Chronic obstructive pulmonary disease, or COPD, is a progressive disease that makes it hard to breathe. “Progressive” means the disease gets worse over time. COPD can cause coughing that produces large amounts of mucus, wheezing, shortness of breath, chest tightness, and other symptoms.
COPD develops slowly and is diagnosed most commonly in middle-aged or older adults. Symptoms often worsen over time and can limit your ability to do routine activities. Severe COPD may prevent you from doing even basic activities like walking, cooking, or taking care of yourself.
COPD has no cure yet, and doctors don’t know how to reverse the damage to the lungs. However, adhering to treatments and making some lifestyle changes can help you feel better, stay more active, and slow the progress of the disease.
Avoid lung irritants.
If you smoke, quit. Smoking is the leading cause of COPD. Talk with your doctor about programs and products that can help you quit. If you have trouble quitting smoking on your own, consider joining a support group. Many hospitals, workplaces, and community groups offer classes to help people quit smoking. Ask your family members and friends to support you in your efforts to quit as well.
Adhering to treatments and making some lifestyle changes can help you feel better, stay more active, and slow the progress of the disease.
Lung irritants, such as secondhand smoke, air pollution, chemical fumes, and dust, also can contribute to COPD. Keep these irritants out of your home. If you have your home painted or sprayed for insects, have it done when you can stay away for a while. Keep your windows closed and stay at home (if possible) when there’s a lot of air pollution or dust outside.
Get ongoing care.
If you have COPD, it’s important to get ongoing medical care. Take all of your medicines as your doctor prescribes, and make sure to refill your prescriptions before they run out. Bring a list of all the medicines you’re taking to your medical checkups.
Manage COPD and its symptoms.
In addition to receiving ongoing care, you can make some lifestyle changes to help manage COPD and its symptoms. Do activities slowly. Wear shoes and loose garments that are easy to put on and take off. Put items that you use often in one easy-to-reach place. Ask for help moving things around in your house so that you won’t need to climb stairs as often. Find simple ways to cook, clean, and do other chores. For example, you can use a small table or cart with wheels to move things around and a pole or tongs with long handles to reach things. Depending on how severe your disease is, you may want to ask your family and friends for help with daily tasks.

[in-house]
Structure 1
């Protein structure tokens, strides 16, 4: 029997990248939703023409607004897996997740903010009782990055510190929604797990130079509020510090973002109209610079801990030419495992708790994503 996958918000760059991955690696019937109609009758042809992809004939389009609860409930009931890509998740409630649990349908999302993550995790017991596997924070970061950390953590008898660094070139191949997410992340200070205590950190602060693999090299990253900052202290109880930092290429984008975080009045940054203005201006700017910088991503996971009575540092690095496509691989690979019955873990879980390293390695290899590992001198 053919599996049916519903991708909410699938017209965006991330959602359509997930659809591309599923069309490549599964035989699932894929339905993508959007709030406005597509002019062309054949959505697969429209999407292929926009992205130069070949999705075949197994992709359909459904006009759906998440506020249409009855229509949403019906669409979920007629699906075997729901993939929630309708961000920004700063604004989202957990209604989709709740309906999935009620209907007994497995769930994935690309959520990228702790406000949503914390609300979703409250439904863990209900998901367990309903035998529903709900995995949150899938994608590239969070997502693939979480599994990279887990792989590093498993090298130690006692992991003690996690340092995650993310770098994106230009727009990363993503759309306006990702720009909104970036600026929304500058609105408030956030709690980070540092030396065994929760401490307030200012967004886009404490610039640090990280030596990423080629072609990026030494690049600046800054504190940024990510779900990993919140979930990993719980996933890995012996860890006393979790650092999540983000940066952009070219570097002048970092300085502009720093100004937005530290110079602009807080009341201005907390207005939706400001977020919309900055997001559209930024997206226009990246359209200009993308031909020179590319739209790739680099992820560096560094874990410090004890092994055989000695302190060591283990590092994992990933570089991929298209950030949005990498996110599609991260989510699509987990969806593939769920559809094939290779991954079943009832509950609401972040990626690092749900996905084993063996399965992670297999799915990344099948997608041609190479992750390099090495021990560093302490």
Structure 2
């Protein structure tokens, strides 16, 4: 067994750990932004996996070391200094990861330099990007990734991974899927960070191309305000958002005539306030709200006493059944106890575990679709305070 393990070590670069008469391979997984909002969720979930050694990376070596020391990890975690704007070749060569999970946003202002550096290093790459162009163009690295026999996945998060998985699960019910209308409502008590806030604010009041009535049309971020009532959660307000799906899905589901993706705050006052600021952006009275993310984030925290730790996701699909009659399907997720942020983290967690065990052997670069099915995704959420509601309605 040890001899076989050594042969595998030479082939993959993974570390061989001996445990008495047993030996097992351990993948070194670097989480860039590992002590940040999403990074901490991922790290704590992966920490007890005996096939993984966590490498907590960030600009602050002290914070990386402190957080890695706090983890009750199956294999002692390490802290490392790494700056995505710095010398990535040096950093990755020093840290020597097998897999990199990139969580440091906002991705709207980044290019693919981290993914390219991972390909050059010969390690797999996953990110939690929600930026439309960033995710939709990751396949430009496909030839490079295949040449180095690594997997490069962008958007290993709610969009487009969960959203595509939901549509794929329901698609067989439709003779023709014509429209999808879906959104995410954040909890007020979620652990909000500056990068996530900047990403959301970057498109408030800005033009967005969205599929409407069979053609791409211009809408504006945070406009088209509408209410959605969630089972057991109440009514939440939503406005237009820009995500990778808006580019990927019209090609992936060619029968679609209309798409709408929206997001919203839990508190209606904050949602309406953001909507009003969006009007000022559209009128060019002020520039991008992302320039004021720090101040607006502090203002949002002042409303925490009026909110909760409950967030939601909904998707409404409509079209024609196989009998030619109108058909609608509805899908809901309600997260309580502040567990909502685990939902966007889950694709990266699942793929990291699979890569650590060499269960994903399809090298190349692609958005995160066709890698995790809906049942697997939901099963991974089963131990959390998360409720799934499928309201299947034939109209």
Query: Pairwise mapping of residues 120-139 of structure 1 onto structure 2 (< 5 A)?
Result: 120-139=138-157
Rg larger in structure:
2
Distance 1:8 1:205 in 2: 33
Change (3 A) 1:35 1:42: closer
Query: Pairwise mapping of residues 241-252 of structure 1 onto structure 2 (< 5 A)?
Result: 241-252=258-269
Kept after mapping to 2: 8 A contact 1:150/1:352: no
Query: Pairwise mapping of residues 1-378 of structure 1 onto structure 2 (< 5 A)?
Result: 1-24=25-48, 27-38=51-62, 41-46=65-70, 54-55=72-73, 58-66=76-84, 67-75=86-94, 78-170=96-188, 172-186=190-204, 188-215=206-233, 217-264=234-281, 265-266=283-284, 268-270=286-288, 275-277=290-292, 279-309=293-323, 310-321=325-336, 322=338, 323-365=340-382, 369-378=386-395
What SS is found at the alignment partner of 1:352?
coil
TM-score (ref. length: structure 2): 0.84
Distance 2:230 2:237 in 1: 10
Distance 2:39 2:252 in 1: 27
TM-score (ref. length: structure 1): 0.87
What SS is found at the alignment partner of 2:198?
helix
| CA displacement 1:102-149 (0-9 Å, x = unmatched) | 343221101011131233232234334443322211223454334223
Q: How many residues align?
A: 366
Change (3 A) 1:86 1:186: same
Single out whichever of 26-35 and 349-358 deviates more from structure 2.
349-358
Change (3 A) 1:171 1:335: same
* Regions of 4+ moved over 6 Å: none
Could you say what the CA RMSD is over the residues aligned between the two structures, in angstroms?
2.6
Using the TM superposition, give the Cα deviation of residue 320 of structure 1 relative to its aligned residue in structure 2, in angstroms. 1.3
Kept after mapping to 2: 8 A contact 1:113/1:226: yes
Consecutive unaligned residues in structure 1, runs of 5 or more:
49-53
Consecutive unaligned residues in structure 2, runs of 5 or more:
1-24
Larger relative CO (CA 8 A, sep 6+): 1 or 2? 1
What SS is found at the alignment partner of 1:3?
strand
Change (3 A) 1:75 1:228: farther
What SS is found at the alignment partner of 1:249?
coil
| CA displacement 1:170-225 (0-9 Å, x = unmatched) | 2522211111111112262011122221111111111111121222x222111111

Be prepared for emergencies.
If you have COPD, know when and where to seek help for your symptoms. Keep phone numbers handy for your doctor, hospital, and someone who can take you for medical care. You also should have directions to your doctor’s office and the hospital, as well as a list of all the medicines you’re taking.
Call your doctor if you notice that your symptoms are worsening or if you have signs of an infection, such as a fever. Your doctor may change or adjust your treatments to relieve and treat symptoms. You should get emergency care if you have severe symptoms, such as trouble catching your breath or talking. You also should seek emergency care if your lips or fingernails turn blue or gray (a sign of a low oxygen level in your blood), you’re not mentally alert, your heartbeat is very fast, or the recommended treatment for the symptoms that are getting worse isn’t working.
Seek support for emotional issues.
Living with COPD may cause fear, anxiety, depression, and stress. Talk with your healthcare team about how you feel. You also might consider talking to a professional counselor. If you’re depressed, your doctor may recommend medicines or other treatments that can improve your quality of life.
Joining a support group is another option that can help you adjust to living with COPD. You can see how other people who have the same symptoms have coped with them. Ask your doctor about local support groups, or check with a medical center in your area.
Support from family and friends can help relieve stress and anxiety as well. Let your loved ones know how you feel and what they can do to help you.
Source: National Heart, Lung, and Blood Institute, nhlbi.nih.gov
This article was originally published in Coping® with Allergies & Asthma magazine, Fall/Winter 2017-2018.